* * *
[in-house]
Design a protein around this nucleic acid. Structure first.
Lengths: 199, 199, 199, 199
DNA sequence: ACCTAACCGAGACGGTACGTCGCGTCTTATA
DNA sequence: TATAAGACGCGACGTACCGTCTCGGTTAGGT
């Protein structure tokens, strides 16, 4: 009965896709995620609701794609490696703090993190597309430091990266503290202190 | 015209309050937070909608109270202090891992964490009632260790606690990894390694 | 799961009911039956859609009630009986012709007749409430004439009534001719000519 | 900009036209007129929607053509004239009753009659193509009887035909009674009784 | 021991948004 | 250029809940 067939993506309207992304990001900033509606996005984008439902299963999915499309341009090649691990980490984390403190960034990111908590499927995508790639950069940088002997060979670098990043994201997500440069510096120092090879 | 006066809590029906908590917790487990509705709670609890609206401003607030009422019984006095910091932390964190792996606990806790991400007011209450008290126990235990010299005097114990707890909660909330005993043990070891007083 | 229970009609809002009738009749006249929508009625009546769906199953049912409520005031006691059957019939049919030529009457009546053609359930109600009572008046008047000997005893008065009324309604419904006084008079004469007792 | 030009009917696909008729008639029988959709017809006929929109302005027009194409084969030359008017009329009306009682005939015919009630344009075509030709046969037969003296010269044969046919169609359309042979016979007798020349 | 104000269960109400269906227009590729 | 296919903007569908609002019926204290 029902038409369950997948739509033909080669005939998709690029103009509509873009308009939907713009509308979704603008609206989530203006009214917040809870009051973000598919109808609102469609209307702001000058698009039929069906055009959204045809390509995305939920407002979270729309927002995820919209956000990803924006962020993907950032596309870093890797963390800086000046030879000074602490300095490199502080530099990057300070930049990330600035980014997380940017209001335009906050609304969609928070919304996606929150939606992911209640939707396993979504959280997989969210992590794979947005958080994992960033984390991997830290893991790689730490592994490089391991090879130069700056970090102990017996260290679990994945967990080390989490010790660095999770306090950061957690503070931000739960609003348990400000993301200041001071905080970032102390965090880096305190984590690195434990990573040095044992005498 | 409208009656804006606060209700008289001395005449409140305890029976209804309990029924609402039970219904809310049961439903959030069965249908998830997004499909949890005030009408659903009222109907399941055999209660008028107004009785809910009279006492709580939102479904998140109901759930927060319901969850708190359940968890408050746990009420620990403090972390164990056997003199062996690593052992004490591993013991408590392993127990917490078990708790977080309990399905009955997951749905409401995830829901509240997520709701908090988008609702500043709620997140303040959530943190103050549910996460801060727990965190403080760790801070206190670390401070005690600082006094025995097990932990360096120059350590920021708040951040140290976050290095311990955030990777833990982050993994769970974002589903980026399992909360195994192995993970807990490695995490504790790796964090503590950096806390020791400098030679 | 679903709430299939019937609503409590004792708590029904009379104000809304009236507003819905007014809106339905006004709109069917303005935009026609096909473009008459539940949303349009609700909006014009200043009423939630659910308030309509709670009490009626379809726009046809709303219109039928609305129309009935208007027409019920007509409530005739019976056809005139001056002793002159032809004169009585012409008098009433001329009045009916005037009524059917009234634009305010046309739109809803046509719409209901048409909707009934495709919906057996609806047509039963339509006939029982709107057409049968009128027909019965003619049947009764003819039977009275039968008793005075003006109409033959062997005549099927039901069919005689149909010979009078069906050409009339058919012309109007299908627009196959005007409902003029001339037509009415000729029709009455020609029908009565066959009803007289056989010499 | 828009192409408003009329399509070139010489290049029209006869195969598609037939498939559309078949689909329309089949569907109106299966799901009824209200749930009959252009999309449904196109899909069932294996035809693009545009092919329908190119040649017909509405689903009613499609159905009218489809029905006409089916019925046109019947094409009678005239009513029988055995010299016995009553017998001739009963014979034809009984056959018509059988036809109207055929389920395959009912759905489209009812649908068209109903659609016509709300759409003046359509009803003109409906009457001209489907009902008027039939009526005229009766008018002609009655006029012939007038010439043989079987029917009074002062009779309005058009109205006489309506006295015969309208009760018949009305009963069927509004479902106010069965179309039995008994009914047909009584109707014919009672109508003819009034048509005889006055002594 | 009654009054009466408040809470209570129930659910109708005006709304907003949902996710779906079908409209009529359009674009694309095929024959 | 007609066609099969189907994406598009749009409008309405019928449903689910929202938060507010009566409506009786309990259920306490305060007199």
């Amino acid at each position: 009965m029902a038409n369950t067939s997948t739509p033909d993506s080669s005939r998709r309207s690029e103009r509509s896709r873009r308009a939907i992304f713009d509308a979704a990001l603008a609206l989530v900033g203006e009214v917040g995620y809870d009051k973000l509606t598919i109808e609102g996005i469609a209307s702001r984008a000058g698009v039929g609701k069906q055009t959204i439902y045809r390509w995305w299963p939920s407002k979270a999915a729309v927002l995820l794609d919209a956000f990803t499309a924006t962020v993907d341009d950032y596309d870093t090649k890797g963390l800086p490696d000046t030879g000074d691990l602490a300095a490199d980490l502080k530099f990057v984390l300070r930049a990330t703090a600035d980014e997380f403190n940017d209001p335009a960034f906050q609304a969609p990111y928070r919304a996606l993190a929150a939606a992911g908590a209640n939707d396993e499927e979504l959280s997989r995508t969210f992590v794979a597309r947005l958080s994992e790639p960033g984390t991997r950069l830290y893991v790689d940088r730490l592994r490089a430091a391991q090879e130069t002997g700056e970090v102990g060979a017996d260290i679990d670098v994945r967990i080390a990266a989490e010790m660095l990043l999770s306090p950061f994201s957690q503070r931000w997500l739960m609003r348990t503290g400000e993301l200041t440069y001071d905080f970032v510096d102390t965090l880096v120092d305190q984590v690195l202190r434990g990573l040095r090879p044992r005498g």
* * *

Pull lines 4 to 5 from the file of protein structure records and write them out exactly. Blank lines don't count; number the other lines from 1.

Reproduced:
DNA sequence: ACCTAACCGAGACGGTACGTCGCGTCTTATA
DNA sequence: TATAAGACGCGACGTACCGTCTCGGTTAGGT